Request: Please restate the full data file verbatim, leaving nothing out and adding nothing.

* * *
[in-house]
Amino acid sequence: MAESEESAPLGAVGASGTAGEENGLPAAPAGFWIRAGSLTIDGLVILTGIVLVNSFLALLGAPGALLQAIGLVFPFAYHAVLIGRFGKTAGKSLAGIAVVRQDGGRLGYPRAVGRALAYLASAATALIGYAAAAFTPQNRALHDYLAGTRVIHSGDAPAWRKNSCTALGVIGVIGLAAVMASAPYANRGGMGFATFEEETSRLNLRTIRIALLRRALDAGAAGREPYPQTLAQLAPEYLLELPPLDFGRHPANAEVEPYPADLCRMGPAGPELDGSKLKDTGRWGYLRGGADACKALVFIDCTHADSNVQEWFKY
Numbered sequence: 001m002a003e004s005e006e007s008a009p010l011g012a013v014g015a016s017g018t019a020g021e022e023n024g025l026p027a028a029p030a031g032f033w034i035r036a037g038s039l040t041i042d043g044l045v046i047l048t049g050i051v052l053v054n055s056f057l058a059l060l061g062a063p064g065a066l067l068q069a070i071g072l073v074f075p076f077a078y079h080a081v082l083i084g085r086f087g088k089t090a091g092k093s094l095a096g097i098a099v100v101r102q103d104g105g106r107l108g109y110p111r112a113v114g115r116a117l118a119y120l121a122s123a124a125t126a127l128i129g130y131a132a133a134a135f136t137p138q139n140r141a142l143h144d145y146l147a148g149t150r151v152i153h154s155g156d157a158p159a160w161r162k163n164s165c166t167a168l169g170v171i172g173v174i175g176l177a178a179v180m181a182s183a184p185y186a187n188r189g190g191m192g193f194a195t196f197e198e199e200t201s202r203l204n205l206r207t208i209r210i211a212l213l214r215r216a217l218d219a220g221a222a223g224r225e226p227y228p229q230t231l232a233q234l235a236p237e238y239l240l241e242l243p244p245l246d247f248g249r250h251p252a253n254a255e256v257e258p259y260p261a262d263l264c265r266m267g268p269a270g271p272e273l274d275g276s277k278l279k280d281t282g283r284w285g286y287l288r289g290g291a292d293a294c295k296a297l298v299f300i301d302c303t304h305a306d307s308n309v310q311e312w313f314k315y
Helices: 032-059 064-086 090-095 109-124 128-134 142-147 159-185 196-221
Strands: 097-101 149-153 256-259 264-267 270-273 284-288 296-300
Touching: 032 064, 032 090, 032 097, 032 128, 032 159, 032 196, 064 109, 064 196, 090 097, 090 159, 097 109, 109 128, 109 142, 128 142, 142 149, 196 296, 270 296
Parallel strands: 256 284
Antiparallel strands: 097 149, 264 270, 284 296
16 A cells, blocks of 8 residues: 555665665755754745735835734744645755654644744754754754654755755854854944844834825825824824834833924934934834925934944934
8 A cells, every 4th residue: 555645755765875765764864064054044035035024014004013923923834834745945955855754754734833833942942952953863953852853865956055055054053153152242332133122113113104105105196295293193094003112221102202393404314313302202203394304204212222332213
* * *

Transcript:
[in-house]
Amino acid sequence: MAESEESAPLGAVGASGTAGEENGLPAAPAGFWIRAGSLTIDGLVILTGIVLVNSFLALLGAPGALLQAIGLVFPFAYHAVLIGRFGKTAGKSLAGIAVVRQDGGRLGYPRAVGRALAYLASAATALIGYAAAAFTPQNRALHDYLAGTRVIHSGDAPAWRKNSCTALGVIGVIGLAAVMASAPYANRGGMGFATFEEETSRLNLRTIRIALLRRALDAGAAGREPYPQTLAQLAPEYLLELPPLDFGRHPANAEVEPYPADLCRMGPAGPELDGSKLKDTGRWGYLRGGADACKALVFIDCTHADSNVQEWFKY
Numbered sequence: 001m002a003e004s005e006e007s008a009p010l011g012a013v014g015a016s017g018t019a020g021e022e023n024g025l026p027a028a029p030a031g032f033w034i035r036a037g038s039l040t041i042d043g044l045v046i047l048t049g050i051v052l053v054n055s056f057l058a059l060l061g062a063p064g065a066l067l068q069a070i071g072l073v074f075p076f077a078y079h080a081v082l083i084g085r086f087g088k089t090a091g092k093s094l095a096g097i098a099v100v101r102q103d104g105g106r107l108g109y110p111r112a113v114g115r116a117l118a119y120l121a122s123a124a125t126a127l128i129g130y131a132a133a134a135f136t137p138q139n140r141a142l143h144d145y146l147a148g149t150r151v152i153h154s155g156d157a158p159a160w161r162k163n164s165c166t167a168l169g170v171i172g173v174i175g176l177a178a179v180m181a182s183a184p185y186a187n188r189g190g191m192g193f194a195t196f197e198e199e200t201s202r203l204n205l206r207t208i209r210i211a212l213l214r215r216a217l218d219a220g221a222a223g224r225e226p227y228p229q230t231l232a233q234l235a236p237e238y239l240l241e242l243p244p245l246d247f248g249r250h251p252a253n254a255e256v257e258p259y260p261a262d263l264c265r266m267g268p269a270g271p272e273l274d275g276s277k278l279k280d281t282g283r284w285g286y287l288r289g290g291a292d293a294c295k296a297l298v299f300i301d302c303t304h305a306d307s308n309v310q311e312w313f314k315y
Helices: 032-059 064-086 090-095 109-124 128-134 142-147 159-185 196-221
Strands: 097-101 149-153 256-259 264-267 270-273 284-288 296-300
Touching: 032 064, 032 090, 032 097, 032 128, 032 159, 032 196, 064 109, 064 196, 090 097, 090 159, 097 109, 109 128, 109 142, 128 142, 142 149, 196 296, 270 296
Parallel strands: 256 284
Antiparallel strands: 097 149, 264 270, 284 296
16 A cells, blocks of 8 residues: 555665665755754745735835734744645755654644744754754754654755755854854944844834825825824824834833924934934834925934944934
8 A cells, every 4th residue: 555645755765875765764864064054044035035024014004013923923834834745945955855754754734833833942942952953863953852853865956055055054053153152242332133122113113104105105196295293193094003112221102202393404314313302202203394304204212222332213